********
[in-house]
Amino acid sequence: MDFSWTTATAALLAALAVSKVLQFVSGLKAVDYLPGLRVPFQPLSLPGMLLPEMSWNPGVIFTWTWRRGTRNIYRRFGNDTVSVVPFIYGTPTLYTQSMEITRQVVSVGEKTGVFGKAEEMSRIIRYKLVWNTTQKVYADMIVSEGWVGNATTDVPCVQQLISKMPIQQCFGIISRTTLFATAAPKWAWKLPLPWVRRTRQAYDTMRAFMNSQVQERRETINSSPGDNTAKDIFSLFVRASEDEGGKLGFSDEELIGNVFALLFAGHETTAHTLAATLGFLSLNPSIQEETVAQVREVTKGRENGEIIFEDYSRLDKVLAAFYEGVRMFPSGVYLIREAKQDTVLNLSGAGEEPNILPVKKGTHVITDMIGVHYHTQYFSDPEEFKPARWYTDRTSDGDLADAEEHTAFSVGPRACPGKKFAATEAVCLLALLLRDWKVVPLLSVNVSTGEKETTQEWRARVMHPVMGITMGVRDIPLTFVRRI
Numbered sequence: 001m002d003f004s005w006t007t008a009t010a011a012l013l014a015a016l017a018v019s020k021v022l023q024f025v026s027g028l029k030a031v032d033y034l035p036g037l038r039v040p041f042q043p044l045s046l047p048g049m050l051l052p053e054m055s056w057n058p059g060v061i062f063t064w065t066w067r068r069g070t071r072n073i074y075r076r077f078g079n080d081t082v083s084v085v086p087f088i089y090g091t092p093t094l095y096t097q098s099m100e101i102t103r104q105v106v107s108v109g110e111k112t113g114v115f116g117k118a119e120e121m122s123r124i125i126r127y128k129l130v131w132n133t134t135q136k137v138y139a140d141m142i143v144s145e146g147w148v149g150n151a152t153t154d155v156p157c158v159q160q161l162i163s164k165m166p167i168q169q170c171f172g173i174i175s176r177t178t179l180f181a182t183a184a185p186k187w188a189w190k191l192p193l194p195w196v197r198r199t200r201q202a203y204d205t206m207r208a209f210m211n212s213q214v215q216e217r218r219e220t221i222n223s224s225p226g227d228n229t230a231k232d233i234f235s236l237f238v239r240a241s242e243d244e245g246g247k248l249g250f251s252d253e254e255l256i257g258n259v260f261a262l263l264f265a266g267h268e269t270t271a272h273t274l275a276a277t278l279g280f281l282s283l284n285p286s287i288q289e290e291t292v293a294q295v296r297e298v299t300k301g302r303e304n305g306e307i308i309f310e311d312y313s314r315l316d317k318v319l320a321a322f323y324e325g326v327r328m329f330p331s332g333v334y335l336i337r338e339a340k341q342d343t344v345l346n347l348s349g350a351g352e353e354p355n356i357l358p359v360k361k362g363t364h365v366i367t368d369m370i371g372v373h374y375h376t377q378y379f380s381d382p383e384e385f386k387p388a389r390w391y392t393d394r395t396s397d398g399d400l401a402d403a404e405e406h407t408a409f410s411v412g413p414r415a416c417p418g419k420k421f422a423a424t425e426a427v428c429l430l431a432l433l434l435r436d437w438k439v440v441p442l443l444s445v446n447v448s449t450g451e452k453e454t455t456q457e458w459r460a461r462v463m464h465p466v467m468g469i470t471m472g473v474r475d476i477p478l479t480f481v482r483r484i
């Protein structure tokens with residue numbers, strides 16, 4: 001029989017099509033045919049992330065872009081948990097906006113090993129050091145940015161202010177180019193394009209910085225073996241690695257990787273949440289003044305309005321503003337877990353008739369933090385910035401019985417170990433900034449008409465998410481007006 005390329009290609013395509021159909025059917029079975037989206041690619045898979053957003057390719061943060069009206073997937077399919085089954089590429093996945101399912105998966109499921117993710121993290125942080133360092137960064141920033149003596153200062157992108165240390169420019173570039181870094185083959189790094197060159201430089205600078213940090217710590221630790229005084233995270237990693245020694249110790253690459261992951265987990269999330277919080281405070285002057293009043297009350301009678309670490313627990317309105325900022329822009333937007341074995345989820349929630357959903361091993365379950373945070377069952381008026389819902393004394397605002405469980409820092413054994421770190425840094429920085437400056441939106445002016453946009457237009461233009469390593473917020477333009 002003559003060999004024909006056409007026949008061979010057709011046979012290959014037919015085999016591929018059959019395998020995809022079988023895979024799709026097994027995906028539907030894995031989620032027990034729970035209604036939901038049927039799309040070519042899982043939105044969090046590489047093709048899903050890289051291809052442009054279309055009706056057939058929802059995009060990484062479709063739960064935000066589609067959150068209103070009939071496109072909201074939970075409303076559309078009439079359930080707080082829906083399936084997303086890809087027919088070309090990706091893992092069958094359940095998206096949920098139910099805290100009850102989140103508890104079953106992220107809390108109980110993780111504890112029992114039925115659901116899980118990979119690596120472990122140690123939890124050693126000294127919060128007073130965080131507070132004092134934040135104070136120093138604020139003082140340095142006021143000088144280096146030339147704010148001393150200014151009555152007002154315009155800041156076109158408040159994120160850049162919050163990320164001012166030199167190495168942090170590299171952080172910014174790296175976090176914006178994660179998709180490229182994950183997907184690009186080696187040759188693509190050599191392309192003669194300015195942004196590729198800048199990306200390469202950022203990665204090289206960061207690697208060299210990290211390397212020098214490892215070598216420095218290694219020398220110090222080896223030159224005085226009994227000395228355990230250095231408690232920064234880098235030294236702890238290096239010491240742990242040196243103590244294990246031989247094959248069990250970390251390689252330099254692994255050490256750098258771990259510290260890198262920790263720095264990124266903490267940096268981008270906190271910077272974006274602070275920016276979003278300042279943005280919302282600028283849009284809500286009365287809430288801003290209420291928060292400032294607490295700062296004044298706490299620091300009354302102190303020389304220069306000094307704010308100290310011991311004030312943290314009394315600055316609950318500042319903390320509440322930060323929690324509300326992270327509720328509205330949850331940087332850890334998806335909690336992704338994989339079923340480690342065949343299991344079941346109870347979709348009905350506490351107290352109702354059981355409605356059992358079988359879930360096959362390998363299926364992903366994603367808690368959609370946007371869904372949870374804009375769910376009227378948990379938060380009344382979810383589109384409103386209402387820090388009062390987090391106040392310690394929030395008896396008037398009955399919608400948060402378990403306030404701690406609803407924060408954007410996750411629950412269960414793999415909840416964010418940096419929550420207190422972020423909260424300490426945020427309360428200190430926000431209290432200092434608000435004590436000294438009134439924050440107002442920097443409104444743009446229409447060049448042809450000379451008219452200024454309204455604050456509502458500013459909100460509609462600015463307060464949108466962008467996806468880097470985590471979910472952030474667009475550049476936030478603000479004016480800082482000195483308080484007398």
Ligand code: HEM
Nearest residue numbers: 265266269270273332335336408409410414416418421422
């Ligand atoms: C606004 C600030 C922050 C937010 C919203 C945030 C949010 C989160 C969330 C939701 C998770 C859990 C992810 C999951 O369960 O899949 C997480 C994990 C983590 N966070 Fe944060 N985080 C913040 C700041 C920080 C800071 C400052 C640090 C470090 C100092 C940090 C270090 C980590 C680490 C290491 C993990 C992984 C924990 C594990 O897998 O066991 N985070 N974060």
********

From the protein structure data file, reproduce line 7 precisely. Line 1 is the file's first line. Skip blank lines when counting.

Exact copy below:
């Ligand atoms: C606004 C600030 C922050 C937010 C919203 C945030 C949010 C989160 C969330 C939701 C998770 C859990 C992810 C999951 O369960 O899949 C997480 C994990 C983590 N966070 Fe944060 N985080 C913040 C700041 C920080 C800071 C400052 C640090 C470090 C100092 C940090 C270090 C980590 C680490 C290491 C993990 C992984 C924990 C594990 O897998 O066991 N985070 N974060």